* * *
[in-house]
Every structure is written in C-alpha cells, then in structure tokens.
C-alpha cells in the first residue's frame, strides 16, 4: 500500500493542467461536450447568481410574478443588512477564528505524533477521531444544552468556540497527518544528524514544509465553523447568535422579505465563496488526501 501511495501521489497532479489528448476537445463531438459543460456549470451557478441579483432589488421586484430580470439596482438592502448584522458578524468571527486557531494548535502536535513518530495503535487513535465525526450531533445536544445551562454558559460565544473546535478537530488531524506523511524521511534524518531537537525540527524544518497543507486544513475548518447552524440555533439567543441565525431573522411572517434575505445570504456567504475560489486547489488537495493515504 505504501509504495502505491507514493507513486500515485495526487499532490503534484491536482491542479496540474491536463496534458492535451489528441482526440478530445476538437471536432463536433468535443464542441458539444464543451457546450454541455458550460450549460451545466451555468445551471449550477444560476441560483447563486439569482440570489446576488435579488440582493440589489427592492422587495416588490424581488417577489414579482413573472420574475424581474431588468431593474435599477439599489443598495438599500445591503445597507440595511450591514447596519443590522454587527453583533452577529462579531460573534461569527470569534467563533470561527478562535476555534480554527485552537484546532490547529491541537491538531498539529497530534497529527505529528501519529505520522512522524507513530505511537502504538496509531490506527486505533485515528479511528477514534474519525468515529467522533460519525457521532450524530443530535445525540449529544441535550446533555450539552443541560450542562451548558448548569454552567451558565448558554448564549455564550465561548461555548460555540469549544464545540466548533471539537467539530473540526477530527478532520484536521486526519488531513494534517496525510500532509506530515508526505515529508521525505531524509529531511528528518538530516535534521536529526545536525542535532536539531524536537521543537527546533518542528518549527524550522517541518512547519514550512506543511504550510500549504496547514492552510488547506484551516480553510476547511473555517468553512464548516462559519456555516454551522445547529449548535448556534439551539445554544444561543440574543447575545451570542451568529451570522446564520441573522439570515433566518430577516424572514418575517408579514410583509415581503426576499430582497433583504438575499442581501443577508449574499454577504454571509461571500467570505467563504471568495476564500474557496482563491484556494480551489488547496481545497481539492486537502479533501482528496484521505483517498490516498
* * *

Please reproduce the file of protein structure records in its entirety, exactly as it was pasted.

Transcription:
[in-house]
Every structure is written in C-alpha cells, then in structure tokens.
C-alpha cells in the first residue's frame, strides 16, 4: 500500500493542467461536450447568481410574478443588512477564528505524533477521531444544552468556540497527518544528524514544509465553523447568535422579505465563496488526501 501511495501521489497532479489528448476537445463531438459543460456549470451557478441579483432589488421586484430580470439596482438592502448584522458578524468571527486557531494548535502536535513518530495503535487513535465525526450531533445536544445551562454558559460565544473546535478537530488531524506523511524521511534524518531537537525540527524544518497543507486544513475548518447552524440555533439567543441565525431573522411572517434575505445570504456567504475560489486547489488537495493515504 505504501509504495502505491507514493507513486500515485495526487499532490503534484491536482491542479496540474491536463496534458492535451489528441482526440478530445476538437471536432463536433468535443464542441458539444464543451457546450454541455458550460450549460451545466451555468445551471449550477444560476441560483447563486439569482440570489446576488435579488440582493440589489427592492422587495416588490424581488417577489414579482413573472420574475424581474431588468431593474435599477439599489443598495438599500445591503445597507440595511450591514447596519443590522454587527453583533452577529462579531460573534461569527470569534467563533470561527478562535476555534480554527485552537484546532490547529491541537491538531498539529497530534497529527505529528501519529505520522512522524507513530505511537502504538496509531490506527486505533485515528479511528477514534474519525468515529467522533460519525457521532450524530443530535445525540449529544441535550446533555450539552443541560450542562451548558448548569454552567451558565448558554448564549455564550465561548461555548460555540469549544464545540466548533471539537467539530473540526477530527478532520484536521486526519488531513494534517496525510500532509506530515508526505515529508521525505531524509529531511528528518538530516535534521536529526545536525542535532536539531524536537521543537527546533518542528518549527524550522517541518512547519514550512506543511504550510500549504496547514492552510488547506484551516480553510476547511473555517468553512464548516462559519456555516454551522445547529449548535448556534439551539445554544444561543440574543447575545451570542451568529451570522446564520441573522439570515433566518430577516424572514418575517408579514410583509415581503426576499430582497433583504438575499442581501443577508449574499454577504454571509461571500467570505467563504471568495476564500474557496482563491484556494480551489488547496481545497481539492486537502479533501482528496484521505483517498490516498